Now I thought that was cool as did  my neighbors who were making their plans for the end of Ramadan.

My plan was to visit the Communist Caves and then fuck off  back to Malaysia, with another Thai border town under my belt.

Be careful what you wish for.

I didn’t hide in my room after the bomb went off. Why should I waste an opportunity like this by hiding in my room? Hadn’t  I been waiting for the action?

I did interviews, compared photos, examined shrapnel. I  walked up and down the bomb zone within twenty minutes of it going off, looking out for the second bomb. These are the things you do. I witnessed  valour, I witnessed grief. I was a basket case myself.

In the evenings I took more photos. The security force were  not alarmed to see this middle aged white guy. They never told  me not to take photos. They never questioned me what was  I doing here.

That all changed  when Mr. Malay Crusader told me to lay low.

He had without my premission told the insurgents I was a harmless backpacker from Australia.

He also told  me that I was given their blessings for past articles I had written. So  they were even reading my articles.  I couldn’t say I was flattered. They were a magnanimous bunch. After killing two people and seriously injuring 37, they said in the tradition of the end of Ramadan, I was forgiven.

All was fine until I got his email. Then the shock wore off and  another one began. Someone was after me.

Well I couldn’t guess who was looking for me. I knew it wasn’t the military.

I’m sure I wouldn’t be hard to find even if I didn’t have a SIM for them to locate me. I only piggyback on WIFI,  I’m that cool  I wanted to tell   Mr. Malay Crusader who said I could be a target for bearing witness to this carnage and sharing it to the world.

His jokes had stopped. Exposing Islam for what they were didn’t appeal to my Malaysian contact.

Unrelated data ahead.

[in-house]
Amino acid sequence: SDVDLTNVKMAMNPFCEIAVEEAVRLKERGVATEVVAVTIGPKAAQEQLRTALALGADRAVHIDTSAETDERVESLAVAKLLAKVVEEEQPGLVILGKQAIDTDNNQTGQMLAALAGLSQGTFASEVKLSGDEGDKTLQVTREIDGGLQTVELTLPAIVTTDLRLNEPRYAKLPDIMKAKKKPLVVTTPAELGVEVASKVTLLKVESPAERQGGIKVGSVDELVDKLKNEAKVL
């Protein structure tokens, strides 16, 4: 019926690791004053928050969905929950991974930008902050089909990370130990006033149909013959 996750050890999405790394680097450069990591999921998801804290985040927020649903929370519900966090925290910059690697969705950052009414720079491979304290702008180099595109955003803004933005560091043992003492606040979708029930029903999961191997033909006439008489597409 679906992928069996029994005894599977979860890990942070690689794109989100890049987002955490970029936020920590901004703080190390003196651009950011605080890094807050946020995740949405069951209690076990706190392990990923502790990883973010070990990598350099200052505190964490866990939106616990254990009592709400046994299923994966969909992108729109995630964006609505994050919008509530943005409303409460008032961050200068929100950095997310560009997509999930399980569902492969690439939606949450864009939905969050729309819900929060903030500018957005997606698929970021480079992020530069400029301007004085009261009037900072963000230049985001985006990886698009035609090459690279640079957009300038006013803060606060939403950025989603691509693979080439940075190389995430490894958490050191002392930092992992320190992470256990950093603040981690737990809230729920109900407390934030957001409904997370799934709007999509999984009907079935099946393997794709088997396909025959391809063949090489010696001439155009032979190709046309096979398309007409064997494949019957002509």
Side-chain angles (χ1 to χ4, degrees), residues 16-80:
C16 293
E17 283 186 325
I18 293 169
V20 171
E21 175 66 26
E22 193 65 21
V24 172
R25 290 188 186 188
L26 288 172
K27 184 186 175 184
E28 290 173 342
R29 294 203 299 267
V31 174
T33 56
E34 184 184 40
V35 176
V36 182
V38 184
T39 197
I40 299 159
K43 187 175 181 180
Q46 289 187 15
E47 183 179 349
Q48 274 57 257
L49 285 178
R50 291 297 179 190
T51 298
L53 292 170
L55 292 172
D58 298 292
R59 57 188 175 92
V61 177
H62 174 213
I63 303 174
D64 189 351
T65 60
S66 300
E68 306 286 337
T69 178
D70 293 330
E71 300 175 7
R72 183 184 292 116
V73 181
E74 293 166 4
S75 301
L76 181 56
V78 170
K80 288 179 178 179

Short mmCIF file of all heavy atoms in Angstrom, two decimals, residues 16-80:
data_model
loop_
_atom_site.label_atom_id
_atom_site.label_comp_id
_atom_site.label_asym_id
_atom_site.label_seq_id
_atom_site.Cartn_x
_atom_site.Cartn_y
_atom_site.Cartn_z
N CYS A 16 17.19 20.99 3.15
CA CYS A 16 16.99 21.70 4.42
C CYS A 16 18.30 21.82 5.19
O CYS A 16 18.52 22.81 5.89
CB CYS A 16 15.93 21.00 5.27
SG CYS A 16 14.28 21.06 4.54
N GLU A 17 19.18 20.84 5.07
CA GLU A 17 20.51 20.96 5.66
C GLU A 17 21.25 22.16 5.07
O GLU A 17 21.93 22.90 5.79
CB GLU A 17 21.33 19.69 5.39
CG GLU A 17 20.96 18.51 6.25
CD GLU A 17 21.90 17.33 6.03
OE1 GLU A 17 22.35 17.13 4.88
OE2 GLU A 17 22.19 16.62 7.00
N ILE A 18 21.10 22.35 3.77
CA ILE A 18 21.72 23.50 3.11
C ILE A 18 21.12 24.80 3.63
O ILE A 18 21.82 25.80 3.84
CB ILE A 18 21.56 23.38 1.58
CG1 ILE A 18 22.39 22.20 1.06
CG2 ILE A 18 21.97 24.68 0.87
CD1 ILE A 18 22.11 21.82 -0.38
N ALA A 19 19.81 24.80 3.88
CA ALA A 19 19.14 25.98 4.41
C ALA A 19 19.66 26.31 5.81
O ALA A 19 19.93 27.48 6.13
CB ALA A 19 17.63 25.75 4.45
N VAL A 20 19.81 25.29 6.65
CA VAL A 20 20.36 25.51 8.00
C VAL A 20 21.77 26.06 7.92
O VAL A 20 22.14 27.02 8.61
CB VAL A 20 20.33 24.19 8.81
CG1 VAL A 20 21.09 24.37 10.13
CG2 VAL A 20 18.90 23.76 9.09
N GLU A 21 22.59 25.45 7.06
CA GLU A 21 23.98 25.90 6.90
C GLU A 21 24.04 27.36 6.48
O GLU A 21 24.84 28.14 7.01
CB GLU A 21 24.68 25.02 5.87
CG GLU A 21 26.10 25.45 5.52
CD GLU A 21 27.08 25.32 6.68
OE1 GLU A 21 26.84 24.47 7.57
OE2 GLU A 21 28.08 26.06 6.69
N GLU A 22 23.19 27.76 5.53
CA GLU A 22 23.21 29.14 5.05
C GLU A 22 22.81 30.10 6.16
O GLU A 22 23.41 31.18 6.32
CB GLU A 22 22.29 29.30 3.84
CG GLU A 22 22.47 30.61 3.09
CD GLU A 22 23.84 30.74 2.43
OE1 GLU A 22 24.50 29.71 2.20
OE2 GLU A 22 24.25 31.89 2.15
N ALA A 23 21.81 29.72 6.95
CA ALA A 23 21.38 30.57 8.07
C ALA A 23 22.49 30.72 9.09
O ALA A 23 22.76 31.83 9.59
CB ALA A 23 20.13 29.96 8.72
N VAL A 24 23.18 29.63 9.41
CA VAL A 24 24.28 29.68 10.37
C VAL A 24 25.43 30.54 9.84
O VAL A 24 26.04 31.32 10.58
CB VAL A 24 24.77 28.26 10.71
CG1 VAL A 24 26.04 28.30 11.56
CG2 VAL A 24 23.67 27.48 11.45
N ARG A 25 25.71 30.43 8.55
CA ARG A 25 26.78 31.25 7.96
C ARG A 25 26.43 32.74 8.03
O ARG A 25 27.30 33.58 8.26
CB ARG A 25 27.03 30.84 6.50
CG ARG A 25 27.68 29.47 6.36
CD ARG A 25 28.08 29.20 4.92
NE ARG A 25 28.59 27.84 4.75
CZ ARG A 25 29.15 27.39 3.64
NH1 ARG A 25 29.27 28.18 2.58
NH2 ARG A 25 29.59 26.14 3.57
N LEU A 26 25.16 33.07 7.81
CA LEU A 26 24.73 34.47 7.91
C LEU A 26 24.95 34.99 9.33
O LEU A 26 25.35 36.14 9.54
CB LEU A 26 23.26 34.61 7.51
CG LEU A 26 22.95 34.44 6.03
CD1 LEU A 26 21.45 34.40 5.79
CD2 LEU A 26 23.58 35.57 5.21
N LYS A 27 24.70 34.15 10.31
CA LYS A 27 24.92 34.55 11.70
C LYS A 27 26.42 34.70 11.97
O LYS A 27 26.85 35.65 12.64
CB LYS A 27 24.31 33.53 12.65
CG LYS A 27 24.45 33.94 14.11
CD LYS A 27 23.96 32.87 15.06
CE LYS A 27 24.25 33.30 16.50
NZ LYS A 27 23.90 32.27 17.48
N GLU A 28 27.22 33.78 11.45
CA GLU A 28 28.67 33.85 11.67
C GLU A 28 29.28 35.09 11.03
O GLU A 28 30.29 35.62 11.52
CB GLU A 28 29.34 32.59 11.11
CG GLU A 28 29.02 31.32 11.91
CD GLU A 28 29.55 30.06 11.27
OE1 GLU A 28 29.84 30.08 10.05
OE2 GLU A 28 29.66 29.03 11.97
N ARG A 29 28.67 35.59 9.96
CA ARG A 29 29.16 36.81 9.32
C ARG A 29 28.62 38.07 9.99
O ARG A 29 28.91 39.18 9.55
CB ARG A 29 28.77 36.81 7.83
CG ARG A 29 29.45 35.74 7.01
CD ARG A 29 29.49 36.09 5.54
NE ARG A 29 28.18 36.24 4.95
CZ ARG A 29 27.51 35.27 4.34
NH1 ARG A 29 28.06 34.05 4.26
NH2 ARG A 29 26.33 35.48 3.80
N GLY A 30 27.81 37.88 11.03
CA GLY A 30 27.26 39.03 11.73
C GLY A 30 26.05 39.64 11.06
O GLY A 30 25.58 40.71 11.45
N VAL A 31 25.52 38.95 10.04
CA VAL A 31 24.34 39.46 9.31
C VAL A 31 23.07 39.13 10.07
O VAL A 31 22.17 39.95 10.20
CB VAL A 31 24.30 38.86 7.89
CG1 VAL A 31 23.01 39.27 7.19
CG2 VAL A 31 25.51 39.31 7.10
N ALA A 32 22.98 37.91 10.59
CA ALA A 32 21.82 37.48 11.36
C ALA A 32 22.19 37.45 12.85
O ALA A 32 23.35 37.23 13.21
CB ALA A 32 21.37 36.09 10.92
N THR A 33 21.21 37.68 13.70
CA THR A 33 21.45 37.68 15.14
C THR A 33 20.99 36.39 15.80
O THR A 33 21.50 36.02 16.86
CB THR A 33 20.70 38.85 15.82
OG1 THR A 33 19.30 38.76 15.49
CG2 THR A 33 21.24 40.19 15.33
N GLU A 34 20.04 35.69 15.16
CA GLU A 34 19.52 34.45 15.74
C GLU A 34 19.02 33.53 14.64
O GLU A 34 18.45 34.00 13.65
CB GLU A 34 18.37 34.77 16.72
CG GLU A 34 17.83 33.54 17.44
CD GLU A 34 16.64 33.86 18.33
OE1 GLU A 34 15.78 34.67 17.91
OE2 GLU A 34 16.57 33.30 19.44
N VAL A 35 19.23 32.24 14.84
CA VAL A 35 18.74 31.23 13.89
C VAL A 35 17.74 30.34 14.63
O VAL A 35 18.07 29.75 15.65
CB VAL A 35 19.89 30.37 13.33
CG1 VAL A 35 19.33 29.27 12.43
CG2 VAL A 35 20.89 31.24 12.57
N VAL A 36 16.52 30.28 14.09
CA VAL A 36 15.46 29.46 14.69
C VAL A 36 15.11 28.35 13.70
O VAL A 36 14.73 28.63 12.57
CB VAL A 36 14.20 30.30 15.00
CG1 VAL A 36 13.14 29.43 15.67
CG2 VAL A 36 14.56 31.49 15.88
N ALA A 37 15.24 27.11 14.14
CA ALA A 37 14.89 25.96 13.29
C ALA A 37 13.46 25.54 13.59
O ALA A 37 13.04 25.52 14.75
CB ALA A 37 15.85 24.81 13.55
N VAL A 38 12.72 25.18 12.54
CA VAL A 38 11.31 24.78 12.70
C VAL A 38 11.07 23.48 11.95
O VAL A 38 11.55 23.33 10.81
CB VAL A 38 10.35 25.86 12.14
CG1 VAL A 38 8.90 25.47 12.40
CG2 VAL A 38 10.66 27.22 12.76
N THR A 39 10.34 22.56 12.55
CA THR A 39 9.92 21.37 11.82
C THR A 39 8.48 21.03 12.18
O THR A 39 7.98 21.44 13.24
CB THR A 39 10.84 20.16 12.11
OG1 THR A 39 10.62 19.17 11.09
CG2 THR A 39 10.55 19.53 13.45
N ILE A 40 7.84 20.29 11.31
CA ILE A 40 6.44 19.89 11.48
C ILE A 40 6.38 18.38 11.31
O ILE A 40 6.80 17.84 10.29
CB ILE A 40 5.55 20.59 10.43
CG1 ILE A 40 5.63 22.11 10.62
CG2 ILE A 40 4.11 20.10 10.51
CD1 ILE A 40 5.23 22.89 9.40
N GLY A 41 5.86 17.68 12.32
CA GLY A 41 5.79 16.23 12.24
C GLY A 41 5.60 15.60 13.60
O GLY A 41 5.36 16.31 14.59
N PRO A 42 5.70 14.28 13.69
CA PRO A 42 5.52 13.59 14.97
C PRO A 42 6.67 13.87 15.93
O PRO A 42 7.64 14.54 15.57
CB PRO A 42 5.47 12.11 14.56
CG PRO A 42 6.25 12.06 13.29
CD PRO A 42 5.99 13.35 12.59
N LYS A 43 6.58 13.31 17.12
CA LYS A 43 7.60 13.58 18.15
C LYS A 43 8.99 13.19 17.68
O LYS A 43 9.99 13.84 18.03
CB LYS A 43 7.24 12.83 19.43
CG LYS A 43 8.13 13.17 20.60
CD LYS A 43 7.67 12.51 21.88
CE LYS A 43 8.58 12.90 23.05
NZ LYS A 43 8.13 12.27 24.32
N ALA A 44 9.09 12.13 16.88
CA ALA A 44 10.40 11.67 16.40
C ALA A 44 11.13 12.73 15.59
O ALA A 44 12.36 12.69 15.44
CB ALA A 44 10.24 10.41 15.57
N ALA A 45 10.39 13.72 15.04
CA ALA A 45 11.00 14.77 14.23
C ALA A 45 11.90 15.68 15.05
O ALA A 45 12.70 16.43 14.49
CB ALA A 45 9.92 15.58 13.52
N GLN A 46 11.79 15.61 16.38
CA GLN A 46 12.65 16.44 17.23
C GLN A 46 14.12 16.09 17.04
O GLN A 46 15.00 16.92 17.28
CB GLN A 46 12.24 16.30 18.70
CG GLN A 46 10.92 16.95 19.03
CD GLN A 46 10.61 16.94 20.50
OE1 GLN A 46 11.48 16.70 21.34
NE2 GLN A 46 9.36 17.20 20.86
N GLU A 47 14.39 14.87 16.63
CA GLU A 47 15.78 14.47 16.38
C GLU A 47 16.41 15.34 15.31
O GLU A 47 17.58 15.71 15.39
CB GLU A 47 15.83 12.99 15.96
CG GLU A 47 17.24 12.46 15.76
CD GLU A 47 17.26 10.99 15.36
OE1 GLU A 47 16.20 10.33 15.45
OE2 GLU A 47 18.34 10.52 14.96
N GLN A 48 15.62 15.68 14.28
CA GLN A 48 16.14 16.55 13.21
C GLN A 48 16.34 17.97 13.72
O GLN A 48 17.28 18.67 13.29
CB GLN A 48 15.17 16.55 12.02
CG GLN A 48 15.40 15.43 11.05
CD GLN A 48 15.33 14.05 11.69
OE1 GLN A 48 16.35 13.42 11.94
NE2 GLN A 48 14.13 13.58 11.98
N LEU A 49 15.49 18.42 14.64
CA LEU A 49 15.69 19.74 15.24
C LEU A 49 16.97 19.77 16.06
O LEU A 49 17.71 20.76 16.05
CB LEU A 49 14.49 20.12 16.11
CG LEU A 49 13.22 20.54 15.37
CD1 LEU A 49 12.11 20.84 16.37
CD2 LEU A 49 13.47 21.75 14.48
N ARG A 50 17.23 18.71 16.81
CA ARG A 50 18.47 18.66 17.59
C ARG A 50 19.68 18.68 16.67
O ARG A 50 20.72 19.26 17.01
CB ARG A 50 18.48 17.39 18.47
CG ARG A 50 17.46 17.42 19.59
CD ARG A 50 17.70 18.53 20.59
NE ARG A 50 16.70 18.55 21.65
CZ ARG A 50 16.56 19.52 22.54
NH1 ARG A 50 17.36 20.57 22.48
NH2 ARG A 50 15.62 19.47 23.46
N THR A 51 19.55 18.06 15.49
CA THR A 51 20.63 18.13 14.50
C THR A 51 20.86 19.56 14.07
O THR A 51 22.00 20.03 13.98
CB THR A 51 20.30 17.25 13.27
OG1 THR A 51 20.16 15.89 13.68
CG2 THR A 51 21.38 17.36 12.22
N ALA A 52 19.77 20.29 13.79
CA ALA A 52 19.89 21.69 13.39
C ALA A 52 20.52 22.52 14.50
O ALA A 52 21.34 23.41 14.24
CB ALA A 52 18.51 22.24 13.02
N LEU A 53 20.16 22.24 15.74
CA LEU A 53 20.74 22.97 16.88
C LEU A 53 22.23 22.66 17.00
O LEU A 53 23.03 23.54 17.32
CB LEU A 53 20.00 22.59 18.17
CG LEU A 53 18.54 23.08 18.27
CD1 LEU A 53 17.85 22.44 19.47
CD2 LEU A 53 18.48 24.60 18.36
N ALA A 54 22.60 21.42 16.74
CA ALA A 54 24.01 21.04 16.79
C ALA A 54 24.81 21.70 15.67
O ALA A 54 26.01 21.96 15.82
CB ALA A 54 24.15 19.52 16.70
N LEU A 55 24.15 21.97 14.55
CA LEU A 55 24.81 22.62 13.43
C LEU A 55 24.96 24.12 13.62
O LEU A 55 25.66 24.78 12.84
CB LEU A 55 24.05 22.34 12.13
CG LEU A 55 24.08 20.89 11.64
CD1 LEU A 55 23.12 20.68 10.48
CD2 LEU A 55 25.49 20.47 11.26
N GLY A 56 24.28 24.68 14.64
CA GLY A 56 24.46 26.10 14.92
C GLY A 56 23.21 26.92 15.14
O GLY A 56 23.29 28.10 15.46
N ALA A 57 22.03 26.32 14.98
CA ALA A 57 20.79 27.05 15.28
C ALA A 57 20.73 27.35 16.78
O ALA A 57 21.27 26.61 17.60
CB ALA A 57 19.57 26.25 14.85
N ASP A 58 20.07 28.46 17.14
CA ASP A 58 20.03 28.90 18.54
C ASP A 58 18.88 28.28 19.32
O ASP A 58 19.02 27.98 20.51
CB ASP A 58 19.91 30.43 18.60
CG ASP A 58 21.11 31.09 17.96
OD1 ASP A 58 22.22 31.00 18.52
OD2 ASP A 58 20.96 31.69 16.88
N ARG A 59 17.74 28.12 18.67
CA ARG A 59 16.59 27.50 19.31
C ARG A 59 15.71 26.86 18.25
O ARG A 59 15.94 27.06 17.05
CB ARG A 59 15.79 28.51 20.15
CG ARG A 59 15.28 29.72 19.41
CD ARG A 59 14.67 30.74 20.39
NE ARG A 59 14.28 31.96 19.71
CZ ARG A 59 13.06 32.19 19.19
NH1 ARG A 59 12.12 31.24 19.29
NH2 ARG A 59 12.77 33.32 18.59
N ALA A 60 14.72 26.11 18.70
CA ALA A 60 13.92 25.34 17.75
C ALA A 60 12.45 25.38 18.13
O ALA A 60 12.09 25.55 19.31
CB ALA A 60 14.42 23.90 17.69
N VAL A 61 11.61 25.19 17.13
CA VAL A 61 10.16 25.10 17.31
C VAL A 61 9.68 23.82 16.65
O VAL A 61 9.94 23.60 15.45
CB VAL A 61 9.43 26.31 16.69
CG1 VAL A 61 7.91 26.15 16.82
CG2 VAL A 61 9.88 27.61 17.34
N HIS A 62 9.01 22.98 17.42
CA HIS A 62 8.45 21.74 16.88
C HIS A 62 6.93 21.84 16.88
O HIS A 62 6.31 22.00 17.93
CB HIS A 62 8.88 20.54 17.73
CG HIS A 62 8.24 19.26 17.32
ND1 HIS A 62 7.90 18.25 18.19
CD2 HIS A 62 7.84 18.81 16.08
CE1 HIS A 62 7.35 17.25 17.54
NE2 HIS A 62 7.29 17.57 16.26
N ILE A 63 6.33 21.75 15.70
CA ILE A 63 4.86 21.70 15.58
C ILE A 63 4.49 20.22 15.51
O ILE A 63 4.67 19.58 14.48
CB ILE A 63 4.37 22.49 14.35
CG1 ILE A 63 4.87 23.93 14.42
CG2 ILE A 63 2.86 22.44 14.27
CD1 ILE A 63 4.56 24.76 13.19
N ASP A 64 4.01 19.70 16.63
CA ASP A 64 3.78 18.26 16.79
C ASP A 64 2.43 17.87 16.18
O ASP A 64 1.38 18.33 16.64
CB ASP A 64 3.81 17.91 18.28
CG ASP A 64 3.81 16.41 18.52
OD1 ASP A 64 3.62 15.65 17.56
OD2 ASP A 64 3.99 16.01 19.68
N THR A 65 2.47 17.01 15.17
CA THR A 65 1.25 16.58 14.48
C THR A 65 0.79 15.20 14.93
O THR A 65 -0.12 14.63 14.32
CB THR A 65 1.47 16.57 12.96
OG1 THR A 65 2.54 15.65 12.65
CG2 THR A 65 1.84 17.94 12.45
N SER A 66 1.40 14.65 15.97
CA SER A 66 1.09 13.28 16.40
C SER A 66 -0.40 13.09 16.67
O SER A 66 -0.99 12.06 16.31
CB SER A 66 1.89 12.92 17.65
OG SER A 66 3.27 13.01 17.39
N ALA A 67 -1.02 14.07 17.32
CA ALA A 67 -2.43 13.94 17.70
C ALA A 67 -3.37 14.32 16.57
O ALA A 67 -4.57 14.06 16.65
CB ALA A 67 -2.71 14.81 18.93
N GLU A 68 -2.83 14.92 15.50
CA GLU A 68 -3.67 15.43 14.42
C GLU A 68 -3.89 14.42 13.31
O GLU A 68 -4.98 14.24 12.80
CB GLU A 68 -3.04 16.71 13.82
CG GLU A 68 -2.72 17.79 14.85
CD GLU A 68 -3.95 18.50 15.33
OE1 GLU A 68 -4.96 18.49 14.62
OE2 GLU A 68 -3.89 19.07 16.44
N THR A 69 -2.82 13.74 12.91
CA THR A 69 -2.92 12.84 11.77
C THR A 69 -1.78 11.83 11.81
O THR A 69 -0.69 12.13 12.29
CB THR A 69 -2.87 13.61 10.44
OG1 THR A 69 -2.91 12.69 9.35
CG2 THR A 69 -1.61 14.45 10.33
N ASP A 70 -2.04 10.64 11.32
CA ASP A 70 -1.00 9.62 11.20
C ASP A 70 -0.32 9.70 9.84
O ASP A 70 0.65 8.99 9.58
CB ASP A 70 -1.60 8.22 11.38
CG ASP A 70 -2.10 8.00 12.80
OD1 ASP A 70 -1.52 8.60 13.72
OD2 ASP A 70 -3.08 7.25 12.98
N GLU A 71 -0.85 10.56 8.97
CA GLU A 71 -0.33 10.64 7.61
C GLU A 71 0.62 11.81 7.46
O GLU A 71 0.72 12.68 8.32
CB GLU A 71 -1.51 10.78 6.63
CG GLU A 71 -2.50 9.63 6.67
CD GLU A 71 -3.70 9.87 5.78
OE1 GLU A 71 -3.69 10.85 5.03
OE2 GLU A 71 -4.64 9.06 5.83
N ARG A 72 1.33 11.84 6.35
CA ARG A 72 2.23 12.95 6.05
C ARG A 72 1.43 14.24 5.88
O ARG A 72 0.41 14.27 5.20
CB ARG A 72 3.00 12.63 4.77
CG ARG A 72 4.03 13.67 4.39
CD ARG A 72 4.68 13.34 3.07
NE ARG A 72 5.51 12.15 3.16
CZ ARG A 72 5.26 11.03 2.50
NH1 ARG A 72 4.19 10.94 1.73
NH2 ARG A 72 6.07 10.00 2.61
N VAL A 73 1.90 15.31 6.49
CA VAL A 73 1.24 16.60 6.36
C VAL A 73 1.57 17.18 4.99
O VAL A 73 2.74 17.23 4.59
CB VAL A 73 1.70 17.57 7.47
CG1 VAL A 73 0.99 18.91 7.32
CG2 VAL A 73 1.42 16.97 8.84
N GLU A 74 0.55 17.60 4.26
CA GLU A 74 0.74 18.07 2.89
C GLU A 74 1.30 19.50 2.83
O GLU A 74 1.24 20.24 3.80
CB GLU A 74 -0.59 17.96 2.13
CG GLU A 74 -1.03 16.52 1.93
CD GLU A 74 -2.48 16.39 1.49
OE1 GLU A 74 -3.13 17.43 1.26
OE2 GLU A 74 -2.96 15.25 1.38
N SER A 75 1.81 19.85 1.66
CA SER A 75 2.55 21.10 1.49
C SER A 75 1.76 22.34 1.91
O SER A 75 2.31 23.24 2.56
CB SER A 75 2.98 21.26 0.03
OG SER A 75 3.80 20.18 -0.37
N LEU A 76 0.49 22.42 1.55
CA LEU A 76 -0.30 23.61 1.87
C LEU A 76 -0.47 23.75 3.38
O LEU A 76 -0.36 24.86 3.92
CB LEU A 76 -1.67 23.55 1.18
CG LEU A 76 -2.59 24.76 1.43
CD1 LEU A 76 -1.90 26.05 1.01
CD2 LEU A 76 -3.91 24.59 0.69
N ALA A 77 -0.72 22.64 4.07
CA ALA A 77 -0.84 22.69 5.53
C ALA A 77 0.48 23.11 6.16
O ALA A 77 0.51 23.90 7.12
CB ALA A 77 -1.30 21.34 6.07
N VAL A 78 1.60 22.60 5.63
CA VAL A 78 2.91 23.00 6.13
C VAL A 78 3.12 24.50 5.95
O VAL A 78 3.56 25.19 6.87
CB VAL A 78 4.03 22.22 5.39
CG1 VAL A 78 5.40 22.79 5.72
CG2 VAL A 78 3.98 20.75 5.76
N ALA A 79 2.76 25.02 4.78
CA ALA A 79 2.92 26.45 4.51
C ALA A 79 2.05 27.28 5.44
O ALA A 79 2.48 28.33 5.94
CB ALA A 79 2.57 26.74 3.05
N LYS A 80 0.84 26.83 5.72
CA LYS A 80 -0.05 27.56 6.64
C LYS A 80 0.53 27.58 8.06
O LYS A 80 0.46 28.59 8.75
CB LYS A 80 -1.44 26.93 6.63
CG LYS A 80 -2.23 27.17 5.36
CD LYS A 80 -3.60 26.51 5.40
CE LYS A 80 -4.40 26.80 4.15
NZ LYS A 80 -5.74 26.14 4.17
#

I  never fled that night.  I did a few runs outside. The town was  shut down. Areas were cordoned off and I managed to buy some snacks down the road. The motorbike driver from the hotel was really nice about it, and I paid him.

Now the worry began. If I never received that email from Mr. Malay Crusader, I’d still be most likely on Twitter condemning the terrorists, and explaining how nervous I was that I had to take a crap.

That all changed. I logged off and dug in deep. Now where is the fucking valium when you need it?

Sleep eventually came and so did the morning.

I missed the shootout between security forces and the insurgents.

Then Mr. Malay Crusader asks me if I’d  like to stick around and document the aftermath.

Not on your dear life. Not even if you get the insurgent’s endorsement.

One bomb was more than enough for me.

I’ve never heard of  Mr. Malay Crusader since I refused to meet up with him.

‘But he saved your life,’ said one sympathiser.

Fuck, he put it in jeopardy, especially since he knew where the bomb was going to go off. He had inside information.

He acted like he was the one who was inconvenienced with deadly bombs and insurgents on his back. I wanted to remind him, I was the one who took it for the team, not him.

A Dirty Little War can be purchased on Amazon.